Under pressure, Eli Lilly cuts insulin prices 70%

Illustration: Aïda Amer/Axios

Eli Lilly is slashing the prices of its most-prescribed insulins amid pressure from consumers and the Biden administration.

Driving the news: After years of price hikes on insulin, Lilly on Wednesday said people with diabetes would see 70% reductions on its most common versions.

  • The prices of Humalog, the company's top insulin product, and Humulin will fall 70% in the fourth quarter, according to the company.
  • The price of generic insulin lispro, which is the same product as Humalog, will drop to $25 a vial on May 1, which Lilly says is less than Humalog cost in 1999. Humalog and the generic version are rapid insulins used to control high blood sugar in adults and children with type 1 and 2 diabetes.
  • Lilly also said it would cap out-of-pocket costs for its insulin at $35 a month at some retail pharmacies.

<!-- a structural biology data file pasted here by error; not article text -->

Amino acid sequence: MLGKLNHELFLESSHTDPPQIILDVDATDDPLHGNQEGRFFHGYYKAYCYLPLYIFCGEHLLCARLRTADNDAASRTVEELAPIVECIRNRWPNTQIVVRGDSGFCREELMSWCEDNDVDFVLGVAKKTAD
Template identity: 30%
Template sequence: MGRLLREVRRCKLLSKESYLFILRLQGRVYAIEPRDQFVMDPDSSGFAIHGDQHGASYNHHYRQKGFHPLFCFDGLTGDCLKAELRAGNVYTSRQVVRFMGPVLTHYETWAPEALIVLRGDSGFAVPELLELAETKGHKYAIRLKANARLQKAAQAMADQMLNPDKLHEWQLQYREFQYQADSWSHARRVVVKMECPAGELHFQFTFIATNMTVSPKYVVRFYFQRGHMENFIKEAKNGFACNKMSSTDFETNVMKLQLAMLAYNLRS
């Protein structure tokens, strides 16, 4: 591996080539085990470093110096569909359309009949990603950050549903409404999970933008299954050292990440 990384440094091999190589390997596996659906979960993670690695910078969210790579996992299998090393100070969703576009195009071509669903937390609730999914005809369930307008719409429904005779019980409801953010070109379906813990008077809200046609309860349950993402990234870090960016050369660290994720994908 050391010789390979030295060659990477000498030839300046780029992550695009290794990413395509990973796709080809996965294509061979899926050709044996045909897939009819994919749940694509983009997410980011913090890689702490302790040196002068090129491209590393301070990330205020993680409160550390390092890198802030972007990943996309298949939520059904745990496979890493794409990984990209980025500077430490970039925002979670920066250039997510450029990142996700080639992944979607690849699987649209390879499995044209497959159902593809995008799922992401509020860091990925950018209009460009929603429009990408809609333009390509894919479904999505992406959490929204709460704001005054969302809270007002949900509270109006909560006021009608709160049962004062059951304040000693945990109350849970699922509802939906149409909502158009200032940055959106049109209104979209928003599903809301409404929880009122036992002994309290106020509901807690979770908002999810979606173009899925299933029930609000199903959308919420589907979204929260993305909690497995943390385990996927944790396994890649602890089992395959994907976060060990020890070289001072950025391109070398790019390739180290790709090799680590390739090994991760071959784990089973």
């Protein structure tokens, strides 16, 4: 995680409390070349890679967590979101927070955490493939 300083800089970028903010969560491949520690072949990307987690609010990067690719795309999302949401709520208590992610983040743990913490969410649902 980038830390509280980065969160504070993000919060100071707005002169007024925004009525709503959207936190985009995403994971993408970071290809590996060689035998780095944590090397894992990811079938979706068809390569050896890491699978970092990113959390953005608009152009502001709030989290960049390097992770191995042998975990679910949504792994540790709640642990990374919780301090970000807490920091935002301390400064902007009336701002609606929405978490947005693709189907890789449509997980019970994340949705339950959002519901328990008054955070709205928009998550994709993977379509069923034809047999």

Why it matters: More than 1 million American adults ration insulin because of its high costs, according to a study in the Annals of Internal Medicine, Axios' Oriana Gonzalez writes.

What they're saying: "While the current healthcare system provides access to insulin for most people with diabetes, it still does not provide affordable insulin for everyone and that needs to change," said Lilly CEO David Ricks said in a statement. "The aggressive price cuts we're announcing today should make a real difference for Americans with diabetes."

Between the lines: Lilly's move comes amid a push by President Biden and some in Congress to cap out-of-pocket insulin costs for commercially insured patients.

  • The Inflation Reduction Act limited monthly out-of-pocket insulin costs to $35 for Medicare beneficiaries starting this year but didn't extend the cap to the private market. Many Republicans view such a move as interfering with the market.
  • Lilly also has been striking deals to boost affordable insulin in developing nations, most recently Bangladesh, per Fierce Pharma. Lilly, Novartis and Novo Nordisk dominate the U.S. insulin market.

By the numbers: A recent Axios-Ipsos poll found that 84% of Americans strongly or somewhat support placing a $35-per-month limit on the out-of-pocket costs for insulin.

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